Each credit scoring model uses slightly different criteria to determine a score. However, many scoring models use similar factors, and these are commonly grouped into several categories:
- Payment history: Your history of making debt payments on time or missing payments. 35% of your credit!
- Amounts owed: How much you owe on loans and how your credit cards’ balances compare with their credit limits. 30% of your credit!
- Length of credit history: The age of your credit account history, which could include the age of your oldest and newest accounts and the average age of all your accounts. 15% of your credit!
- Recent activity: How many accounts you’ve applied for and opened recently.
- Types of credit accounts: Whether you have experience with different types of accounts, such as credit cards and loans.
Credit scoring models only look at the information in your credit report when calculating a score, and different types of information might help or hurt your credit scores. For example, paying down a credit card balance could help your scores, but missing a loan payment could hurt them. Closing an account won’t keep it from impacting your credit score. If you pay off a loan or close a credit card that doesn’t have a balance, the account can remain on your report for 10 years. The federal Fair Credit Reporting Act allows most negative information to stay on your credit report for up to seven years, but the impact of negative items can decrease as time passes.
What’s a Good Credit Score?
Many credit scores range from 300 to 850. A higher score is better because it indicates the person is less likely to fall 90 or more days late on one of their bills—in other words, that they manage debt responsibly. This is why having a good credit score, such as a score above 700, can help you get approved for new accounts with more favorable terms.
- Qualify for more accounts. Your credit can impact your eligibility for credit cards, loans, mobile phone accounts and even rental homes.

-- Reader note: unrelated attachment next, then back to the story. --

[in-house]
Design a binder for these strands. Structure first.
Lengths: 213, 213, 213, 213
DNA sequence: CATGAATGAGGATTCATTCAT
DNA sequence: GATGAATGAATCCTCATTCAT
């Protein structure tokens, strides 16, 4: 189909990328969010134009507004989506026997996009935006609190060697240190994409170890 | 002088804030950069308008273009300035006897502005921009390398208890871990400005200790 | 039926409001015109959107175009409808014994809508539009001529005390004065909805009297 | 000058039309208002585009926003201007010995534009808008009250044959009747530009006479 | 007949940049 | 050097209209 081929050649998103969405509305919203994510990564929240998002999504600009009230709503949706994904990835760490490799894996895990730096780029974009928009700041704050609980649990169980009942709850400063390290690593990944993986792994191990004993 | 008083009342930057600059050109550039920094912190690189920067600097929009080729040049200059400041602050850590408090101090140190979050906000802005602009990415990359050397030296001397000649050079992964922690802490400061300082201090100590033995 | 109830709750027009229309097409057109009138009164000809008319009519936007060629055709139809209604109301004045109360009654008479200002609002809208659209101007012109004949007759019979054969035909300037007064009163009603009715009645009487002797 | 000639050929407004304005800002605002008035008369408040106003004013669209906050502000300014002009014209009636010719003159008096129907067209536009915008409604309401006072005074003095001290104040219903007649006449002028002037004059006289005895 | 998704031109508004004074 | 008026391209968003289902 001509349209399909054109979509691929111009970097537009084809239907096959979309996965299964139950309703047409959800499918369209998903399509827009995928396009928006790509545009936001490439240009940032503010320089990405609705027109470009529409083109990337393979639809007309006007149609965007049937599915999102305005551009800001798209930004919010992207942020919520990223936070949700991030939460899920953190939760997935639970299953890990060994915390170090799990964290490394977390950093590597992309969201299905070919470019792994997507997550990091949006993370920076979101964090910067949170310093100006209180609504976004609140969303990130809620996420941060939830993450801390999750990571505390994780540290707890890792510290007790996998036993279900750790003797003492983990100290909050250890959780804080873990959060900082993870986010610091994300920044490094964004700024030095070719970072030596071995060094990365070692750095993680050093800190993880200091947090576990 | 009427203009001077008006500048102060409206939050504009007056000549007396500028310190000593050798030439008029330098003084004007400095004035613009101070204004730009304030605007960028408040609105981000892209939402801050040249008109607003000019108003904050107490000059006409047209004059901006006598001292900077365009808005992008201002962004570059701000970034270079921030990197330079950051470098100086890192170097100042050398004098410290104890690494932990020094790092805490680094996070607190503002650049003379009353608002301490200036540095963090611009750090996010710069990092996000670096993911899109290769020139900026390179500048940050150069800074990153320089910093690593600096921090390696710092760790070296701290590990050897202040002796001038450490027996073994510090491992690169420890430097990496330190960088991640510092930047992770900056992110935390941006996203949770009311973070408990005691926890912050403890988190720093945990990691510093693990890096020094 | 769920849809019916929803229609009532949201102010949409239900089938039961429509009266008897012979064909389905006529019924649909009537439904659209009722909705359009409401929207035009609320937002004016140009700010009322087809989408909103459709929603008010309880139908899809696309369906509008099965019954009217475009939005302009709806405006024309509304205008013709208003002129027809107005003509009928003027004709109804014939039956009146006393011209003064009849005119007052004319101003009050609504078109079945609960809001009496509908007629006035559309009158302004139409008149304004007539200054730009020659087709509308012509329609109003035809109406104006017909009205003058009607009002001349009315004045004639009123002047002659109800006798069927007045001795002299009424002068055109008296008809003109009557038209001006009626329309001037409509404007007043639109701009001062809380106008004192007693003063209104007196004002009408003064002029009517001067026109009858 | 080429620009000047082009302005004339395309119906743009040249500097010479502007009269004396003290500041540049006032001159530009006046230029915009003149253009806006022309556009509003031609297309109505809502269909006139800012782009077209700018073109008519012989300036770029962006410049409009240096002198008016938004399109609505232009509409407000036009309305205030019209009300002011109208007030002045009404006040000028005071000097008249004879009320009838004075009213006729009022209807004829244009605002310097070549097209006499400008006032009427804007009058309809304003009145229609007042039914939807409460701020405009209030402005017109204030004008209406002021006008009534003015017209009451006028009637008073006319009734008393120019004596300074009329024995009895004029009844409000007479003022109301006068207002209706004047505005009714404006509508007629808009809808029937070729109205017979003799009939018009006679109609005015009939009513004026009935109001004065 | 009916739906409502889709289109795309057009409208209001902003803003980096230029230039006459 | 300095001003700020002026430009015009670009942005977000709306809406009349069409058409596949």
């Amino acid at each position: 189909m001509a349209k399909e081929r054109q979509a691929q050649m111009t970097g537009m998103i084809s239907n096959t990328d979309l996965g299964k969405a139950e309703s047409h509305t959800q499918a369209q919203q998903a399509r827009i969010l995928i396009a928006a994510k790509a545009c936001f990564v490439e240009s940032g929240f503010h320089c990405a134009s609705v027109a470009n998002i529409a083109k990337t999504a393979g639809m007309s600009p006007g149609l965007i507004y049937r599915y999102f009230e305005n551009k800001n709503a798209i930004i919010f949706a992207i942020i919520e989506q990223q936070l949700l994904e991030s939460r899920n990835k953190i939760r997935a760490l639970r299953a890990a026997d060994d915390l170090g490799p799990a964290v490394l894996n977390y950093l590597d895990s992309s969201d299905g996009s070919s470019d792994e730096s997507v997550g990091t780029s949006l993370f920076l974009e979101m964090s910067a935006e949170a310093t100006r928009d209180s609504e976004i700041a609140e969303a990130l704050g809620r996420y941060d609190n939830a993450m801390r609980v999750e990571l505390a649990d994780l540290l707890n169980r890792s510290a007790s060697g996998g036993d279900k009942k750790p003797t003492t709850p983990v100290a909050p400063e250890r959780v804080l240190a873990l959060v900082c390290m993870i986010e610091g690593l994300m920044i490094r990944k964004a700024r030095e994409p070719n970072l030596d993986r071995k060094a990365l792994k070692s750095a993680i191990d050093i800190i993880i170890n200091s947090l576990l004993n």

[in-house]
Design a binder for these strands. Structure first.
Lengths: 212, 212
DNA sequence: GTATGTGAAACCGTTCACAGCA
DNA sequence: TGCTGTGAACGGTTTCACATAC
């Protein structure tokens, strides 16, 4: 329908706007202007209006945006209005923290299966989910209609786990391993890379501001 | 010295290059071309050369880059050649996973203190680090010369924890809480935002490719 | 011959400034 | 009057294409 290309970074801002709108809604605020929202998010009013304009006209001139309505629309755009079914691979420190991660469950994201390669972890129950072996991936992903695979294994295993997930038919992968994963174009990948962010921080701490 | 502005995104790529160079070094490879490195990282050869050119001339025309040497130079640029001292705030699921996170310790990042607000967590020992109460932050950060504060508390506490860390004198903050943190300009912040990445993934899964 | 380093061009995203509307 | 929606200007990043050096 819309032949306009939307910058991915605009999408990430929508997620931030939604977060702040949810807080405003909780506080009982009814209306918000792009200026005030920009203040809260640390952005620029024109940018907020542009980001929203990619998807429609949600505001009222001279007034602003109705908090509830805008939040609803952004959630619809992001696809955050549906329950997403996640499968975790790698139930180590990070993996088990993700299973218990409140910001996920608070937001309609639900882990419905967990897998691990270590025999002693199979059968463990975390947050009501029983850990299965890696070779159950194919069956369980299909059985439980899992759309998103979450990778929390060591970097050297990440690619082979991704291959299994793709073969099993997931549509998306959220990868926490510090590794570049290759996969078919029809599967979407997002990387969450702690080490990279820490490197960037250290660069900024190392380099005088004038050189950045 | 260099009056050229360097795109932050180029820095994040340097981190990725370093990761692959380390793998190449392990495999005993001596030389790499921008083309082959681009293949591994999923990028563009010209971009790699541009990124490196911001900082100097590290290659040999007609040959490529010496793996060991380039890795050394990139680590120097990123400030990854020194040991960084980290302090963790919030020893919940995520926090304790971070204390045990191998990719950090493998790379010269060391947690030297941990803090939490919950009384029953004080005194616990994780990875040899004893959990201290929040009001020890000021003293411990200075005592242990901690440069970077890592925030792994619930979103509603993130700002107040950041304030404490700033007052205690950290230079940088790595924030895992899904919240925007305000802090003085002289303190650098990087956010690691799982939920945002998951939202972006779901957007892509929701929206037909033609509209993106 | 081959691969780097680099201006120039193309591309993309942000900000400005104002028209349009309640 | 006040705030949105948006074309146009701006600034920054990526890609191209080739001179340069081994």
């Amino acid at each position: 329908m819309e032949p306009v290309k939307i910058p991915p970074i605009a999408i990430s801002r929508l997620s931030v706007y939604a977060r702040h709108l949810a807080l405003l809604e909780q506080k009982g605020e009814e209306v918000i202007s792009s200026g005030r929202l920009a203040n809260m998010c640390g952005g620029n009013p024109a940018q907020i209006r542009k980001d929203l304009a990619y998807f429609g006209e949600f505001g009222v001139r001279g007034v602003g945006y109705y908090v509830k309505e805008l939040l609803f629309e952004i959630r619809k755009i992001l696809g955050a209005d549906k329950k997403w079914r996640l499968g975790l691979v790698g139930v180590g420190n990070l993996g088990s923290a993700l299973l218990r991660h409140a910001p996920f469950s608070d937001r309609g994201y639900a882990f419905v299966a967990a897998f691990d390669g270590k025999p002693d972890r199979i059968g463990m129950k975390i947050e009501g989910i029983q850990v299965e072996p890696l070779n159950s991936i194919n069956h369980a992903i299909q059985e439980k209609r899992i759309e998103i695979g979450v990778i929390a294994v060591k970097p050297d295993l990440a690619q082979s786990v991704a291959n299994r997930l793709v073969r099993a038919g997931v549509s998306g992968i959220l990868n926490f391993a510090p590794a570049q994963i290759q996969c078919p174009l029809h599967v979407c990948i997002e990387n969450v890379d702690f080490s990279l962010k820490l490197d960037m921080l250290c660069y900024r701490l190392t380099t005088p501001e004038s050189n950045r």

- Save money on loans and insurance. Your credit report and score can impact how much you pay in fees and interest on credit accounts. Credit-based insurance scores may also impact how much you pay for insurance premiums.
- Save on security deposits. You may have to pay more fees or a larger security deposit for utility and telecom accounts if you don’t have good credit.
- Get a job in some cases. Your credit report (but not a credit score) may impact your ability to get a job or a promotion.
Even if you don’t plan on taking out a loan or opening a credit card, establishing and building good credit could give you more options and save you money. Have the credit for a rainy day or to get a good refinance and save money should be enough.
How to Check Your Credit Report and Score
You can subscribe to a credit monitoring service like Identity IQ, Credit check total, etc. This gives you the ability to not only see the credit scores, but also keep an eye on credit checks, payments etc. At Credit Services Of America, we can help you get on track and provide insight on credit. We can also educate you on how to manage your credit life, this will ensure you stay ahead of the process and know how to plan your next move to increase your credit score. We currently still have the FREE credit consultations and over 12 years of knowledge to back it up!